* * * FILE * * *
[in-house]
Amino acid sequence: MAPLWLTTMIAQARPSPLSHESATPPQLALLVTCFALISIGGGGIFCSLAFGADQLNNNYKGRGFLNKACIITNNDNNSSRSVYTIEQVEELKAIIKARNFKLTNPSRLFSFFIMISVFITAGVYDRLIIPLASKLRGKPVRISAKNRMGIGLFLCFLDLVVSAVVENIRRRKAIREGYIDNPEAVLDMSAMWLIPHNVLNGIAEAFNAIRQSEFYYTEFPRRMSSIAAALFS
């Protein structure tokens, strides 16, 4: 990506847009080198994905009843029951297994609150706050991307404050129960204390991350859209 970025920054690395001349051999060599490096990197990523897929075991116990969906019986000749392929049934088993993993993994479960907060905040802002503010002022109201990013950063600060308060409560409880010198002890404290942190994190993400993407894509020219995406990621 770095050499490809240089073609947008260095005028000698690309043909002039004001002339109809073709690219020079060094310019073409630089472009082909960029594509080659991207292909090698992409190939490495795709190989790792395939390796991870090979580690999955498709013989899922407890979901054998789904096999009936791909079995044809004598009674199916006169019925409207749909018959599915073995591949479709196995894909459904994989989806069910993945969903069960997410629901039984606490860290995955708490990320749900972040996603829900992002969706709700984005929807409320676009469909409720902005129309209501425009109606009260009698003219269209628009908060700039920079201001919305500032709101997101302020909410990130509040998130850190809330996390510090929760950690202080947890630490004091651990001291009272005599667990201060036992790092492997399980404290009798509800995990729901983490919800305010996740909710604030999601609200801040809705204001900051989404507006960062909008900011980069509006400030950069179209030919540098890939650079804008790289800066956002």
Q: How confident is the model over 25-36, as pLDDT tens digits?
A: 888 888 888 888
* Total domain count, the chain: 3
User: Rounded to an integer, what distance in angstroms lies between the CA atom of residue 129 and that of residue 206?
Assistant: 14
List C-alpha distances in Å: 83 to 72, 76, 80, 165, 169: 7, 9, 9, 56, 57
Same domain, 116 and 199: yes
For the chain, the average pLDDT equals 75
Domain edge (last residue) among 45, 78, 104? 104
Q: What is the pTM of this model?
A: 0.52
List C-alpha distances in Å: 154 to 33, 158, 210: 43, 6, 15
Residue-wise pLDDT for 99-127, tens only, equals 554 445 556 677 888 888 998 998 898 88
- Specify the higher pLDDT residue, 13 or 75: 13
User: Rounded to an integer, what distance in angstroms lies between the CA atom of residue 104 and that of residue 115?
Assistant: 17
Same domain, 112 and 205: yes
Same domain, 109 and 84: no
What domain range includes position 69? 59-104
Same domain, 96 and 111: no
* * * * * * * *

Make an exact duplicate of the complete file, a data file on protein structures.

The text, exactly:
[in-house]
Amino acid sequence: MAPLWLTTMIAQARPSPLSHESATPPQLALLVTCFALISIGGGGIFCSLAFGADQLNNNYKGRGFLNKACIITNNDNNSSRSVYTIEQVEELKAIIKARNFKLTNPSRLFSFFIMISVFITAGVYDRLIIPLASKLRGKPVRISAKNRMGIGLFLCFLDLVVSAVVENIRRRKAIREGYIDNPEAVLDMSAMWLIPHNVLNGIAEAFNAIRQSEFYYTEFPRRMSSIAAALFS
């Protein structure tokens, strides 16, 4: 990506847009080198994905009843029951297994609150706050991307404050129960204390991350859209 970025920054690395001349051999060599490096990197990523897929075991116990969906019986000749392929049934088993993993993994479960907060905040802002503010002022109201990013950063600060308060409560409880010198002890404290942190994190993400993407894509020219995406990621 770095050499490809240089073609947008260095005028000698690309043909002039004001002339109809073709690219020079060094310019073409630089472009082909960029594509080659991207292909090698992409190939490495795709190989790792395939390796991870090979580690999955498709013989899922407890979901054998789904096999009936791909079995044809004598009674199916006169019925409207749909018959599915073995591949479709196995894909459904994989989806069910993945969903069960997410629901039984606490860290995955708490990320749900972040996603829900992002969706709700984005929807409320676009469909409720902005129309209501425009109606009260009698003219269209628009908060700039920079201001919305500032709101997101302020909410990130509040998130850190809330996390510090929760950690202080947890630490004091651990001291009272005599667990201060036992790092492997399980404290009798509800995990729901983490919800305010996740909710604030999601609200801040809705204001900051989404507006960062909008900011980069509006400030950069179209030919540098890939650079804008790289800066956002």
Q: How confident is the model over 25-36, as pLDDT tens digits?
A: 888 888 888 888
* Total domain count, the chain: 3
User: Rounded to an integer, what distance in angstroms lies between the CA atom of residue 129 and that of residue 206?
Assistant: 14
List C-alpha distances in Å: 83 to 72, 76, 80, 165, 169: 7, 9, 9, 56, 57
Same domain, 116 and 199: yes
For the chain, the average pLDDT equals 75
Domain edge (last residue) among 45, 78, 104? 104
Q: What is the pTM of this model?
A: 0.52
List C-alpha distances in Å: 154 to 33, 158, 210: 43, 6, 15
Residue-wise pLDDT for 99-127, tens only, equals 554 445 556 677 888 888 998 998 898 88
- Specify the higher pLDDT residue, 13 or 75: 13
User: Rounded to an integer, what distance in angstroms lies between the CA atom of residue 104 and that of residue 115?
Assistant: 17
Same domain, 112 and 205: yes
Same domain, 109 and 84: no
What domain range includes position 69? 59-104
Same domain, 96 and 111: no